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Michael Gove: Cowboy builders behaved in unregulated ways
In typical fashion, pulling a pin out of a hand grenade and throwing it into the mix, Leveller in Chief Michael Gove has come out with a statement, regarding the Grenfell tragedy, and the cladding and remediation crisis in general:
Gove, making an oblique reference to the builders who put together housing in a shoddy and life-threatening way, said: “The sheriff or sheriffs might not have been on the ball, but the cowboys were behaving like cowboys in an unregulated way.”
He then went on to say: “It would seem to me that developers and construction product manufacturers, if they say that they are squeaky clean, they’re wrong,” before following up by saying that the parties who were to blame should shoulder the responsibility of dealing with the financial burden caused.
Gove made these comments on 8th November, when he appeared for the first time before the select committee in an attempt to be seen as accountable.
Pointedly, he stated that it was time to put the handbrake on the present scheme in motion, whereby the leaseholders were being made to stump up the cash to make their properties safe for habitation.
He went on to say that the government “have a responsibility to relieve some of the obligations faced by leaseholders at the moment, who are innocent parties in this and who are being in many cases asked to pay disproportionate sums when there are individuals in business – some still in business – who are guilty men and women.”
Whilst this appears on the surface to be encouraging, with Michael Gove seemingly going much further in the direction of those most in need, my worries are that in the past, he has waltzed into positions in the government, turned policy on its head and then exited, leaving all stakeholders to deal with things.
It is all very well to halt initiatives agreed by his predecessor, but maybe setting out a firm solution that does not penalise the National Home Builders might be a good idea, as he also is now talking about adjusting the annual 300,000 new homes build rate downward.
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Knight Frank suggests supply chain and land shortage may limit new homes
In its latest report, Knight Frank, having sounded out dozens of New Home Developers of various sizes, found that over 60% inflation in raw materials for the builds, coupled with long term issues of actual supply, would be likely to slow the construction of new homes in 2022.
Also, a fifth of those contacted said that acquiring land was becoming a problem, with eight of ten builders saying it was in very short supply.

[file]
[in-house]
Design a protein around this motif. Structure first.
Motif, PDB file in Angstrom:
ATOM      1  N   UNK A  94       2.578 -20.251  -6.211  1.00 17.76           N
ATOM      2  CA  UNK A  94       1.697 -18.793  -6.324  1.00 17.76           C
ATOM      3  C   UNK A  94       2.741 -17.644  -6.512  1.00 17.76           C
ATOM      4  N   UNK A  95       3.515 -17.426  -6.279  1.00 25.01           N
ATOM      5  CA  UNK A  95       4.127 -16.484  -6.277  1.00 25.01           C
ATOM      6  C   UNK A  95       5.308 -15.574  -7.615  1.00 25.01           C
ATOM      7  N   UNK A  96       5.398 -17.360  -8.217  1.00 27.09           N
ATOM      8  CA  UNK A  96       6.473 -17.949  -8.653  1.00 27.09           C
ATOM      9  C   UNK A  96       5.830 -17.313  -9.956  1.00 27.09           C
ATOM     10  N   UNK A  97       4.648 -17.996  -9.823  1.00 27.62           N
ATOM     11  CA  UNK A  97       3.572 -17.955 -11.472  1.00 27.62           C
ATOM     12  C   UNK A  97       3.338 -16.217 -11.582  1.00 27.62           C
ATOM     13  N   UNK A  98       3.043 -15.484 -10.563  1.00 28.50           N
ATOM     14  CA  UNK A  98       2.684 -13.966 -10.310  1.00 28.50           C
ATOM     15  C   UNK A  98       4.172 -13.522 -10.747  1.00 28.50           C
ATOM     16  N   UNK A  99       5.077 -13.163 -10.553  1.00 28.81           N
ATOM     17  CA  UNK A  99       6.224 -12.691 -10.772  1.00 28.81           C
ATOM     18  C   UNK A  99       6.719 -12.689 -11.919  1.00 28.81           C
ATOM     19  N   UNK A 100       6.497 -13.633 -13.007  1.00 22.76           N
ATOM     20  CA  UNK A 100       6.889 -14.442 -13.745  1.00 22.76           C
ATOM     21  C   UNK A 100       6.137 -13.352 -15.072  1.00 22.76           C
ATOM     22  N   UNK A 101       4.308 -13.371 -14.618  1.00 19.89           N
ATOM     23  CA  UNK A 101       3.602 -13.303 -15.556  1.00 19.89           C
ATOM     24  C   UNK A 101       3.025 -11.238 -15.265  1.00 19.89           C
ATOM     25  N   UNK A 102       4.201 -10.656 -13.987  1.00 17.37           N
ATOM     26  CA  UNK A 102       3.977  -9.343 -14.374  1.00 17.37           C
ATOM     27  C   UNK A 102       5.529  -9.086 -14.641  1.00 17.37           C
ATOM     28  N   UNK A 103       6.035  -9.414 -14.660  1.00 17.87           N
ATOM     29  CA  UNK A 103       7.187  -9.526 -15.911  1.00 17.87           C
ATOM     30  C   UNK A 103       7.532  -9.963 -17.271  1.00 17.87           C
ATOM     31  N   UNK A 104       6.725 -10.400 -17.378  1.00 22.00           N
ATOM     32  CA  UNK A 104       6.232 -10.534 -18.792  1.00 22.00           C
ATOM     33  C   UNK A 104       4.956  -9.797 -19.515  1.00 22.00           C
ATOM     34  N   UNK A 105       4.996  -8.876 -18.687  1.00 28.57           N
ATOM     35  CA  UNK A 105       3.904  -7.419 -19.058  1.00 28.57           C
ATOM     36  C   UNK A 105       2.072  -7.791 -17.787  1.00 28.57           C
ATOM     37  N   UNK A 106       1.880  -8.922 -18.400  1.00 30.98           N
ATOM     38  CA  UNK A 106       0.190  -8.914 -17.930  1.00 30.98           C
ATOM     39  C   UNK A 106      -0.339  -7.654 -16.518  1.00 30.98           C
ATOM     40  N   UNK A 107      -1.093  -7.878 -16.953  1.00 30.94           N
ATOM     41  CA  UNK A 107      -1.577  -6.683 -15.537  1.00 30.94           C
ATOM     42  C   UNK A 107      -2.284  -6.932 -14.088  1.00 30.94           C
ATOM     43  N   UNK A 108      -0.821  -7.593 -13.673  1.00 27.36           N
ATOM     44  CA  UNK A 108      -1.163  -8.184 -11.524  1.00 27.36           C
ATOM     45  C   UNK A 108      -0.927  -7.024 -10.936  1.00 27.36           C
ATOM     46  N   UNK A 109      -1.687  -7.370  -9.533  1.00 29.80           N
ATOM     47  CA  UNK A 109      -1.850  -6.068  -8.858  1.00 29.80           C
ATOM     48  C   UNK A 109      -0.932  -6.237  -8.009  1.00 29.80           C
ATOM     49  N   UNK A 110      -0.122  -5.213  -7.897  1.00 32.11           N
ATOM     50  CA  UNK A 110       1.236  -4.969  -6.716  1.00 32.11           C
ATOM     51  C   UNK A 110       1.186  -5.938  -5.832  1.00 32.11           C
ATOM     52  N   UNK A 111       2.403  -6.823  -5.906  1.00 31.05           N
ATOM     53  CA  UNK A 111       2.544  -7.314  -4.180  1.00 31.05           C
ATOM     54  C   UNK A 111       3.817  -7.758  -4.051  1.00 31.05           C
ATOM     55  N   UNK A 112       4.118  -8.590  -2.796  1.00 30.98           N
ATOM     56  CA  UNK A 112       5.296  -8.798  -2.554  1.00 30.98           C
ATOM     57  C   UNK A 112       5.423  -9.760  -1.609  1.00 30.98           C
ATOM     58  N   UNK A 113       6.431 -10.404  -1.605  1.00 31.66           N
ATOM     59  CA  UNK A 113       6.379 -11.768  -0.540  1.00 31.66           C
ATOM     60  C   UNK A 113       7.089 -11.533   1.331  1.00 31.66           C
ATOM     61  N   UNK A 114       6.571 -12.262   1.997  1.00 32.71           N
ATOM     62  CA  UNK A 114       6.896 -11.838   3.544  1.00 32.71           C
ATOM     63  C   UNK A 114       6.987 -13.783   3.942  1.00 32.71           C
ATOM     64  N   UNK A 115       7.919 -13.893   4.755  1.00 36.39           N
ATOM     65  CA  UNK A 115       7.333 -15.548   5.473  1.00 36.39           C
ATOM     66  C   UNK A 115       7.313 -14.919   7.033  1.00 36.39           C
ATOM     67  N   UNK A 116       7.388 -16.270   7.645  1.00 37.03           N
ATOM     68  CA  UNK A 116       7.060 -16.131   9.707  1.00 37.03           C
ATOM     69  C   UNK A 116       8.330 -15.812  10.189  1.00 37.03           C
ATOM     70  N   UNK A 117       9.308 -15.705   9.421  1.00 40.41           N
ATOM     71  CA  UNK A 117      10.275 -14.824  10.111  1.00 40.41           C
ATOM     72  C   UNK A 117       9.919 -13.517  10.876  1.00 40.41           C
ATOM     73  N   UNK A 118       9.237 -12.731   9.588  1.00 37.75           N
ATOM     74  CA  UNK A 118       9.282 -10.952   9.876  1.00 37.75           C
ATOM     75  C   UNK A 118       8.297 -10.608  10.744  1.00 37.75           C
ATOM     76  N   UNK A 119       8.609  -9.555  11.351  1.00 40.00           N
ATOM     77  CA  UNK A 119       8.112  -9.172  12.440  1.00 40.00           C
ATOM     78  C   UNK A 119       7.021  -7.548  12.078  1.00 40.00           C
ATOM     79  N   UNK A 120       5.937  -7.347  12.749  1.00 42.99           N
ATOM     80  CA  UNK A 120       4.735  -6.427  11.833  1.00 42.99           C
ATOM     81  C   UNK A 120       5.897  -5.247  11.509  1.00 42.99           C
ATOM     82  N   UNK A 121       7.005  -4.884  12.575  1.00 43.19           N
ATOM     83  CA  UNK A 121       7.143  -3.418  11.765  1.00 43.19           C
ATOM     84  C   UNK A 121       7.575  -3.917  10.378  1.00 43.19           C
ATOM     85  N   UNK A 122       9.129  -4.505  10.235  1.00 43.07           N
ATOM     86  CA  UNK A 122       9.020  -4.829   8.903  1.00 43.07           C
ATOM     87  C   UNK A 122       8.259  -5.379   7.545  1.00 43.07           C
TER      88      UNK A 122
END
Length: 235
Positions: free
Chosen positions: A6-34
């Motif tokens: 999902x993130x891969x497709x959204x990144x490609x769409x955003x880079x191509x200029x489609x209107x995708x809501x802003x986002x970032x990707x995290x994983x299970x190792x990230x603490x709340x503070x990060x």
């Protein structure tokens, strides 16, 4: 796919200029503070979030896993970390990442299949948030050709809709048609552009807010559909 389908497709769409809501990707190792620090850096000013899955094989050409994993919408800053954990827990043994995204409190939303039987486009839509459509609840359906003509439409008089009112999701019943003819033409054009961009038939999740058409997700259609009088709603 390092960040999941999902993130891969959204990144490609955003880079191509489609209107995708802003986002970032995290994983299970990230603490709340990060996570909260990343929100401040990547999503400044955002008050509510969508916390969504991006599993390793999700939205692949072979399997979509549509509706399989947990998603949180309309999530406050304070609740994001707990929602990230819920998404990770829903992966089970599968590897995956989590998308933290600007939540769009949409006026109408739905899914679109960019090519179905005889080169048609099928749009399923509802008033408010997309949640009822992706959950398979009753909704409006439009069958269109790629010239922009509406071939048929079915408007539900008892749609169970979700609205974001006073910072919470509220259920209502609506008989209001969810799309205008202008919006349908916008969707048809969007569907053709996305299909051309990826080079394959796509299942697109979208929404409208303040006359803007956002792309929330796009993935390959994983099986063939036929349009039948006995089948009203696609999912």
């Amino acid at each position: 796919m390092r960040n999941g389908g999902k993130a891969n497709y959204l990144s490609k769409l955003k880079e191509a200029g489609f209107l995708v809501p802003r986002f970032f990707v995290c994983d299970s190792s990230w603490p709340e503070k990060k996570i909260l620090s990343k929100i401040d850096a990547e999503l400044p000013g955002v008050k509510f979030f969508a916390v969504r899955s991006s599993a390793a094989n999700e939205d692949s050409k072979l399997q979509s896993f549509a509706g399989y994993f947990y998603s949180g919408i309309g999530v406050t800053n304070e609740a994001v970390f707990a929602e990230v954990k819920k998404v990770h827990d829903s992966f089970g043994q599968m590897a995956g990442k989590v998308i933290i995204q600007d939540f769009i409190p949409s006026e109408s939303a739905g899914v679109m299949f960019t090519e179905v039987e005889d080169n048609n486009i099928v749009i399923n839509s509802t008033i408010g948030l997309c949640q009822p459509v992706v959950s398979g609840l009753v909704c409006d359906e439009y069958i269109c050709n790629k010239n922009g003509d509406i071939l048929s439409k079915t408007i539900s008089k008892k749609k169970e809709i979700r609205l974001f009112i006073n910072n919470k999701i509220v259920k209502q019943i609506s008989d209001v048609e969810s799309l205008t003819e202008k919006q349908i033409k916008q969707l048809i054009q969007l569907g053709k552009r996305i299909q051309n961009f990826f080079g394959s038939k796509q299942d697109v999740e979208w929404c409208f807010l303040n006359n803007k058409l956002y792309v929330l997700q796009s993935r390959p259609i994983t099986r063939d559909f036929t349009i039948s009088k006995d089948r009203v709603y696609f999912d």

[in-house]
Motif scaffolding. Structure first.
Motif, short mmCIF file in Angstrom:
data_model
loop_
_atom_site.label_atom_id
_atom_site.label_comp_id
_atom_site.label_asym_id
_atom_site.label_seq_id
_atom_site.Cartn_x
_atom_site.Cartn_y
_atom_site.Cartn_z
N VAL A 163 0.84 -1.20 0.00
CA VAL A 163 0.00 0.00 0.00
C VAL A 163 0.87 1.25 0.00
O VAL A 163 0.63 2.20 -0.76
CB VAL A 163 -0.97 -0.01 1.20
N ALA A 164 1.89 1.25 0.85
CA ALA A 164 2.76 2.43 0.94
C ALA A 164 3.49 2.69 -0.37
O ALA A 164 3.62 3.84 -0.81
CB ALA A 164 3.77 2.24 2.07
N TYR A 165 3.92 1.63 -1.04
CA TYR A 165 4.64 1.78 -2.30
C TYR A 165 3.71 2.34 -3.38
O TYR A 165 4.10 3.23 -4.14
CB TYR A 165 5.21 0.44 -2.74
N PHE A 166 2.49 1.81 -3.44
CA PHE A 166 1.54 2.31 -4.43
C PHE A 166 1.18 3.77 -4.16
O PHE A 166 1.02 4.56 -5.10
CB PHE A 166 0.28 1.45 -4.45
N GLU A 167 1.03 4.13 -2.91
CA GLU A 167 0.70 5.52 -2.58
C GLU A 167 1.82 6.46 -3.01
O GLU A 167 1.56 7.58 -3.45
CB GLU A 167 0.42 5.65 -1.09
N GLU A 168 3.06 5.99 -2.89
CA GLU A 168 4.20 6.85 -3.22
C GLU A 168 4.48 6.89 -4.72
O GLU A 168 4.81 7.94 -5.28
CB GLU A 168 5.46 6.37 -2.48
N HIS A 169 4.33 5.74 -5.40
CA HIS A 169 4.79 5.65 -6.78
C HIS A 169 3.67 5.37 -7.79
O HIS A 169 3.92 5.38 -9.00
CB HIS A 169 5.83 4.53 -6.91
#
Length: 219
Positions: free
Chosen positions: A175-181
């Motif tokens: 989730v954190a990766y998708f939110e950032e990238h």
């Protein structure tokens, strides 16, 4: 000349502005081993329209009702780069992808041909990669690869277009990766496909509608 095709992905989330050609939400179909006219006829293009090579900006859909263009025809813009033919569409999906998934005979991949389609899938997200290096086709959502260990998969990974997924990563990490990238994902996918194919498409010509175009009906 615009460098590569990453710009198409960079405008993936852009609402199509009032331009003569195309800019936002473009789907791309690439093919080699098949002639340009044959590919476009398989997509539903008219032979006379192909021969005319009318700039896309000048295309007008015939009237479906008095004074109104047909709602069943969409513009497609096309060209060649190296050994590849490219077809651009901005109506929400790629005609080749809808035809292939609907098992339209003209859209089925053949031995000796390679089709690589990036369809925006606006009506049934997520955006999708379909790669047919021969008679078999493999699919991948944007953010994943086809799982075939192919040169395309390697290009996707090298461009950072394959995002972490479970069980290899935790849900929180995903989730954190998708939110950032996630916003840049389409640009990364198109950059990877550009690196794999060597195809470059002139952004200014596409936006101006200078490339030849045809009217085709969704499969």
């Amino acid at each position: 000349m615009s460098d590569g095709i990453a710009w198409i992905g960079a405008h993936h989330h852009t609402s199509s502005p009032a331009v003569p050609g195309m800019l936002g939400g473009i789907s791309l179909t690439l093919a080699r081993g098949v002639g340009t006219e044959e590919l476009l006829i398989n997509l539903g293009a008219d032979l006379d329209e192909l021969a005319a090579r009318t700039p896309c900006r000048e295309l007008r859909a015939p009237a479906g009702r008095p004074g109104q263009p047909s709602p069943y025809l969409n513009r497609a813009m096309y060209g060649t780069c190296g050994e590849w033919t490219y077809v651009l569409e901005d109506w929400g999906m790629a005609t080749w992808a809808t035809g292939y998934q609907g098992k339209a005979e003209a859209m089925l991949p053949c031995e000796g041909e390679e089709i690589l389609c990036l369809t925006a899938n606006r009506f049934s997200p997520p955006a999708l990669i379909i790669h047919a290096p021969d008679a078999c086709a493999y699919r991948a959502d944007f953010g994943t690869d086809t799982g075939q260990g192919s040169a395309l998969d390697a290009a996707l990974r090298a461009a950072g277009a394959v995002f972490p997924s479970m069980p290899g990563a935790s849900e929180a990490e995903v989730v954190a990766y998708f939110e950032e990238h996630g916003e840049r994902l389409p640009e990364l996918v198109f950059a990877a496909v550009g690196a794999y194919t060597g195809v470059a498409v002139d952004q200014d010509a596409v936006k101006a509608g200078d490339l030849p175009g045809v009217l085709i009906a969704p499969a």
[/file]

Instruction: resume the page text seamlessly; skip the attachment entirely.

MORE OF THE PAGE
Justin Gaze, lead at residential land for Knight Frank, commented: “Build cost inflation is the most talked about topic in the land market at the moment, and it is anticipated that this will not ease in the short term. This, combined with delays in the planning system, are going to significantly impact the delivery of completed new homes in the market.”
The supply chain problem is a global one, with many factors including softwood fires in Canada and other natural disasters hampering things, as well as the pandemic disturbing output and some borders still not open due to it.
If new homes are in short supply, it will be interesting to see if they become even more inflated in price, as typically a big chunk of them sell to first time buyers who avail themselves of Help to Buy or other government-backed schemes, so if fewer are built maybe they will be selling for even more money.
PropertyHeads and CoreLogic tie-up a commercial partnership
The Founder of PropertyHeads, Ben Davis has put together a joint partnership so that its clients on-site can get access to the large range of services provided by CoreLogic, like property data and analytics.
Stewart McRae, sales and marketing director of CoreLogic UK said: “The partnership will add another tangible benefit for members of the social networking site. Introducing the network to the CoreLogic suite of Property Marketing Services – photography, 3D virtual tours, drone, floorplans etc. provides agents with access to relevant resources that are quality assured at the highest levels.”
Ben Davis said: “Our agent marketing solutions form a crucial part of our growth strategy and our partnership with CoreLogic represents an important next step in that regard. We’ve already registered a comprehensive share of the agency market in the short time that we’ve been around.’
For those unfamiliar with PropertyHeads, it styles itself as a property social network, where they help users with every aspect of their property lives, like finding a home, sourcing tradespeople, saving money on running their home, etc.
Its collaborative community, which boasts experts in every field of property, goes a long way in providing access to information and support, working towards its goal of a more transparent residential property sector.